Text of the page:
Skip to content

The box that rocks


“High five for Team GB?” I’m making my way through the security checks at the Victoria Gate entrance to the Olympic Park. The dozen or so people in front of me are all asked the same question by the cheerful Games Makers. The response is unanimous, a smile and an exchange of slapped skin. By the time I retrieve my bag, put my belt back on and wander through there is silence and no hands are proferred. I must look even grumpier than usual. Or not British enough. Maybe the absence of a union flag or any red, white and blue facepaint has fooled them. After all, there’s nothing more quintessentially British than a high five greeting. Rumour has it that in 1215 when King John made peace with the barons and signed the Magna Carta, he was seen to share a celebratory high five with all of his courtiers.

To get here, I’ve walked five miles from central London. Past the trendy bars of Shoreditch, through “up and coming” Bethnal Green and into the heart of the East End. “These are a Games for everyone” declared Lord Coe but strolling along Roman Road in Bow there is precious little evidence that the Olympics are only a mile away.

Like many I’ve been critical of the way the Games have been organised, not least the role played by huge multinational corporations. Never mind McDonald’s, Cadbury’s and the like, the involvement of Dow Chemicals should have set alarm bells ringing for anyone with a modicum of concern for their fellow human beings. But strip away all the hype and corporate double-speak and this is a festival of sport. Sport, to me, makes compelling viewing. And I’m curious to see exactly what the £9.3 billion has bought.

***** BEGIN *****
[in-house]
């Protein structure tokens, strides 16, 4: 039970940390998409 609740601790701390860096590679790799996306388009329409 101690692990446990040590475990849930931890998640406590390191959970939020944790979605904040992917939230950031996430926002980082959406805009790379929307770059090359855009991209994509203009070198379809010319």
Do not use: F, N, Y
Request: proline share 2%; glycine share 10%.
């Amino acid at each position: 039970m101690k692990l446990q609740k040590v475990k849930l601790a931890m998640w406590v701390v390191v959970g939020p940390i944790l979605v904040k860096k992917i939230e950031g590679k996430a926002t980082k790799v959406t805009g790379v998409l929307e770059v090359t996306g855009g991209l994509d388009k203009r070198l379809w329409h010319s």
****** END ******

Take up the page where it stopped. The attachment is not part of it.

It’s late afternoon on “Super Saturday” and medals are rolling in for Team GB. Tonight there’s the promise of more. Jess Ennis has only more event of the heptathlon left to clinch gold and later Mo Farah is running in the 10,000m. I’m eschewing all that for a night of handball in the Copper Box. Handball? Yes, I don’t even know what it is either. But first a wander round the site.

First impressions are of a giant sporting theme park with a considerable presence of prawn sandwich munchers. Each of the main sponsors such as McDonald’s, Panasonic and Samsung appears to have a large base on site. Clearly, if you invest millions of pounds into a project you expect something in return. After queuing twenty minutes to fill a 500ml plastic bottle with water (well, have you seen those prices?) there’s time to relax on the grassy bank across the river from the architecturally stunning Velodrome. It’s a lovely spot.

Next it’s into the Copper Box. Credit where it’s due, it’s a cracking venue. A compact, multi-coloured, two-tiered arena with 7,000 seats that will be used as a community sports facility post-Olympics. As ever with twenty first century sporting occasions spectators can’t be relied upon to generate their own atmosphere. So there’s a pink jacketed man with a microphone circumnavigating the pitch welcoming people to “the Copper Box, the box that…..ROCKS!!!” and urging everyone to “make some noise”. All accompanied by a soundtrack of chart-friendly dance pop turned up to eleven. Imagine a city centre Walkabout pub on a Saturday night close to closing time.